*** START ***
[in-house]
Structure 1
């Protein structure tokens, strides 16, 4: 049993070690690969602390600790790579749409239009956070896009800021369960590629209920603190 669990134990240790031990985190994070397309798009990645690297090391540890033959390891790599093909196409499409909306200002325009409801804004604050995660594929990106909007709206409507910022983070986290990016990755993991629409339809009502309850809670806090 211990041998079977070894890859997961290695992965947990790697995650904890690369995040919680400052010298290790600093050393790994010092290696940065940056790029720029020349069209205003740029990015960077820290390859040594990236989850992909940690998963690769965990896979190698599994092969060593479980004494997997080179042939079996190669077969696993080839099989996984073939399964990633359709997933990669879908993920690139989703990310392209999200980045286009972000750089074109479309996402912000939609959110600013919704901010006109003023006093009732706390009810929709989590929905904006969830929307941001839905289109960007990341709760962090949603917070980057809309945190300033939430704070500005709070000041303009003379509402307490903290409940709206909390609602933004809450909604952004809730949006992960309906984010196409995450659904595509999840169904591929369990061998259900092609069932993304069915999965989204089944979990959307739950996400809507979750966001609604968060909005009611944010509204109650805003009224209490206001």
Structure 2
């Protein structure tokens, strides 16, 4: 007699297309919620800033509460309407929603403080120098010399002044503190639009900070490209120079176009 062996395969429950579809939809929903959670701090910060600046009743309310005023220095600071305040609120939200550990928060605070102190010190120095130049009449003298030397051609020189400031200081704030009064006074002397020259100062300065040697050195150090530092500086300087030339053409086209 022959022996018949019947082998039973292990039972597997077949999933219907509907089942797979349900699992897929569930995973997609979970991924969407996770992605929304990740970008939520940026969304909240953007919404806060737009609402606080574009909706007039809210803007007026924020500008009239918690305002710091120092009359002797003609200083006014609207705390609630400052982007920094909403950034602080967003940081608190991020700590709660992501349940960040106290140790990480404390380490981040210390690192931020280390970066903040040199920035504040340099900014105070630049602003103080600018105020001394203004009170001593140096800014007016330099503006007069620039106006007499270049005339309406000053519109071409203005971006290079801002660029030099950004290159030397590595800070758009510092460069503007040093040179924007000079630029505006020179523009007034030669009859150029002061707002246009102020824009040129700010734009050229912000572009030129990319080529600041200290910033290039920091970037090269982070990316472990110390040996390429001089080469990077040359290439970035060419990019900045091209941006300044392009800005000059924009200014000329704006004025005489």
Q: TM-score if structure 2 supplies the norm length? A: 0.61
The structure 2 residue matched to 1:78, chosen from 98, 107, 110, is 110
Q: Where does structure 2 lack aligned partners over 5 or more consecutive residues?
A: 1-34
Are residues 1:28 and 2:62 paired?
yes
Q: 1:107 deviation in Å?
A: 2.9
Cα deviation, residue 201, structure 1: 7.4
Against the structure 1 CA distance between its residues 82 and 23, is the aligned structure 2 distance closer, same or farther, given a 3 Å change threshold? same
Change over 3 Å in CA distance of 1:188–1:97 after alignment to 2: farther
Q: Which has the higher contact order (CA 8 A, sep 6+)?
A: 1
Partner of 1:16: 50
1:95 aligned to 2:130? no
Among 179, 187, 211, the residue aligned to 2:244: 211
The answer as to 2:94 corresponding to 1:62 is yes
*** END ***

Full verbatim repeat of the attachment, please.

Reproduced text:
[in-house]
Structure 1
């Protein structure tokens, strides 16, 4: 049993070690690969602390600790790579749409239009956070896009800021369960590629209920603190 669990134990240790031990985190994070397309798009990645690297090391540890033959390891790599093909196409499409909306200002325009409801804004604050995660594929990106909007709206409507910022983070986290990016990755993991629409339809009502309850809670806090 211990041998079977070894890859997961290695992965947990790697995650904890690369995040919680400052010298290790600093050393790994010092290696940065940056790029720029020349069209205003740029990015960077820290390859040594990236989850992909940690998963690769965990896979190698599994092969060593479980004494997997080179042939079996190669077969696993080839099989996984073939399964990633359709997933990669879908993920690139989703990310392209999200980045286009972000750089074109479309996402912000939609959110600013919704901010006109003023006093009732706390009810929709989590929905904006969830929307941001839905289109960007990341709760962090949603917070980057809309945190300033939430704070500005709070000041303009003379509402307490903290409940709206909390609602933004809450909604952004809730949006992960309906984010196409995450659904595509999840169904591929369990061998259900092609069932993304069915999965989204089944979990959307739950996400809507979750966001609604968060909005009611944010509204109650805003009224209490206001």
Structure 2
């Protein structure tokens, strides 16, 4: 007699297309919620800033509460309407929603403080120098010399002044503190639009900070490209120079176009 062996395969429950579809939809929903959670701090910060600046009743309310005023220095600071305040609120939200550990928060605070102190010190120095130049009449003298030397051609020189400031200081704030009064006074002397020259100062300065040697050195150090530092500086300087030339053409086209 022959022996018949019947082998039973292990039972597997077949999933219907509907089942797979349900699992897929569930995973997609979970991924969407996770992605929304990740970008939520940026969304909240953007919404806060737009609402606080574009909706007039809210803007007026924020500008009239918690305002710091120092009359002797003609200083006014609207705390609630400052982007920094909403950034602080967003940081608190991020700590709660992501349940960040106290140790990480404390380490981040210390690192931020280390970066903040040199920035504040340099900014105070630049602003103080600018105020001394203004009170001593140096800014007016330099503006007069620039106006007499270049005339309406000053519109071409203005971006290079801002660029030099950004290159030397590595800070758009510092460069503007040093040179924007000079630029505006020179523009007034030669009859150029002061707002246009102020824009040129700010734009050229912000572009030129990319080529600041200290910033290039920091970037090269982070990316472990110390040996390429001089080469990077040359290439970035060419990019900045091209941006300044392009800005000059924009200014000329704006004025005489």
Q: TM-score if structure 2 supplies the norm length? A: 0.61
The structure 2 residue matched to 1:78, chosen from 98, 107, 110, is 110
Q: Where does structure 2 lack aligned partners over 5 or more consecutive residues?
A: 1-34
Are residues 1:28 and 2:62 paired?
yes
Q: 1:107 deviation in Å?
A: 2.9
Cα deviation, residue 201, structure 1: 7.4
Against the structure 1 CA distance between its residues 82 and 23, is the aligned structure 2 distance closer, same or farther, given a 3 Å change threshold? same
Change over 3 Å in CA distance of 1:188–1:97 after alignment to 2: farther
Q: Which has the higher contact order (CA 8 A, sep 6+)?
A: 1
Partner of 1:16: 50
1:95 aligned to 2:130? no
Among 179, 187, 211, the residue aligned to 2:244: 211
The answer as to 2:94 corresponding to 1:62 is yes